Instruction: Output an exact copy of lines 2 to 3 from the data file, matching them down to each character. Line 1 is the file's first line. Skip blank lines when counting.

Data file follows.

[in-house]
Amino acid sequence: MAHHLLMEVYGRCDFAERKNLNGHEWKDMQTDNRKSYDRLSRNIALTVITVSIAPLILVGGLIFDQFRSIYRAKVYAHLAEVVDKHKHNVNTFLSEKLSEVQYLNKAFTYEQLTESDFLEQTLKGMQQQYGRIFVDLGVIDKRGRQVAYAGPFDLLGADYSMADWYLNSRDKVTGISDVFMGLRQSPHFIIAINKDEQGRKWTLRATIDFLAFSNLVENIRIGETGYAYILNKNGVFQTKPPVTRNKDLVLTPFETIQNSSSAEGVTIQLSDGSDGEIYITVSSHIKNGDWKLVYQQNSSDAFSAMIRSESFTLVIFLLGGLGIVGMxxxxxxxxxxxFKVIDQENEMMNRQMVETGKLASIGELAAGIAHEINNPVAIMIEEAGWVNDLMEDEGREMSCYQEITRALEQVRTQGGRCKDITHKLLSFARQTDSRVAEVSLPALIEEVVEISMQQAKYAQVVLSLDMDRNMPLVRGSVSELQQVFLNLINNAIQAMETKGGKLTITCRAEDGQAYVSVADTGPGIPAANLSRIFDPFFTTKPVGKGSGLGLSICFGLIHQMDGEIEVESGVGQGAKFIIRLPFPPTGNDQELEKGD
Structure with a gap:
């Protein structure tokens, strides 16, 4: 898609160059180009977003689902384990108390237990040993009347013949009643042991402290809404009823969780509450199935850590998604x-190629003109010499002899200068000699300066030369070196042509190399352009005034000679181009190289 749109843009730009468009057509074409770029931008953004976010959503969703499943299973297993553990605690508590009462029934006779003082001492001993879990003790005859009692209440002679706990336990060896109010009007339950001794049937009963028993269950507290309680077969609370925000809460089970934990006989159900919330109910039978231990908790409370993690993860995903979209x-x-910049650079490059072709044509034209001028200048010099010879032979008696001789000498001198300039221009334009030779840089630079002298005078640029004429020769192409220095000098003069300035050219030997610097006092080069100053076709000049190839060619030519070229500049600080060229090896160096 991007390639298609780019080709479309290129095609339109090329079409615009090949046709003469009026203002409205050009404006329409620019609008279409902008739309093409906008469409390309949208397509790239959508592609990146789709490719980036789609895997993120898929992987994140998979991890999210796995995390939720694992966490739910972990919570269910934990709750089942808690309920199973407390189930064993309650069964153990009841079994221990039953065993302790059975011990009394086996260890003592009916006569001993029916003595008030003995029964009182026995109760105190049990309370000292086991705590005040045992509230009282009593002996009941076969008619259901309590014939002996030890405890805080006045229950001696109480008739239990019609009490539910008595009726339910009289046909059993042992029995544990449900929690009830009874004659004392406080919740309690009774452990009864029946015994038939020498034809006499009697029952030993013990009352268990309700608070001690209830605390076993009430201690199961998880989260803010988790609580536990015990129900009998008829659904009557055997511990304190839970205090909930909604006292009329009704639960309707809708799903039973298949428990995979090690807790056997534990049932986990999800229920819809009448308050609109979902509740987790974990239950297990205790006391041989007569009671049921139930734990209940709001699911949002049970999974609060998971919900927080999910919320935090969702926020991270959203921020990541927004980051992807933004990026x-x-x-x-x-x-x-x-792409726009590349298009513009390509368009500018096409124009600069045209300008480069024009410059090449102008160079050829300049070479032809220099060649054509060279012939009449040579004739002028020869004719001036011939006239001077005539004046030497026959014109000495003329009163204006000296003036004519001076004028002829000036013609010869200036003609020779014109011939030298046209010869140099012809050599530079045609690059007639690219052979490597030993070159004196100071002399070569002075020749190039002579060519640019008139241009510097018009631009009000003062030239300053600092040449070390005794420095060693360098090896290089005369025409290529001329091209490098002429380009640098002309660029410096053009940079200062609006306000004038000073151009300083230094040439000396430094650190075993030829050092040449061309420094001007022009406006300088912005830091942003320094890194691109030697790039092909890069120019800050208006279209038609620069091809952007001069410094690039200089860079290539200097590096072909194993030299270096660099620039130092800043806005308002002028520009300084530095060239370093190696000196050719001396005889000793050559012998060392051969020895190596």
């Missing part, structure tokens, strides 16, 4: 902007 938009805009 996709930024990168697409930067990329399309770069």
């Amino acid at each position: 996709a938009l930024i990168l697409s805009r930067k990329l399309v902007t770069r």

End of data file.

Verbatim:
Amino acid sequence: MAHHLLMEVYGRCDFAERKNLNGHEWKDMQTDNRKSYDRLSRNIALTVITVSIAPLILVGGLIFDQFRSIYRAKVYAHLAEVVDKHKHNVNTFLSEKLSEVQYLNKAFTYEQLTESDFLEQTLKGMQQQYGRIFVDLGVIDKRGRQVAYAGPFDLLGADYSMADWYLNSRDKVTGISDVFMGLRQSPHFIIAINKDEQGRKWTLRATIDFLAFSNLVENIRIGETGYAYILNKNGVFQTKPPVTRNKDLVLTPFETIQNSSSAEGVTIQLSDGSDGEIYITVSSHIKNGDWKLVYQQNSSDAFSAMIRSESFTLVIFLLGGLGIVGMxxxxxxxxxxxFKVIDQENEMMNRQMVETGKLASIGELAAGIAHEINNPVAIMIEEAGWVNDLMEDEGREMSCYQEITRALEQVRTQGGRCKDITHKLLSFARQTDSRVAEVSLPALIEEVVEISMQQAKYAQVVLSLDMDRNMPLVRGSVSELQQVFLNLINNAIQAMETKGGKLTITCRAEDGQAYVSVADTGPGIPAANLSRIFDPFFTTKPVGKGSGLGLSICFGLIHQMDGEIEVESGVGQGAKFIIRLPFPPTGNDQELEKGD
Structure with a gap: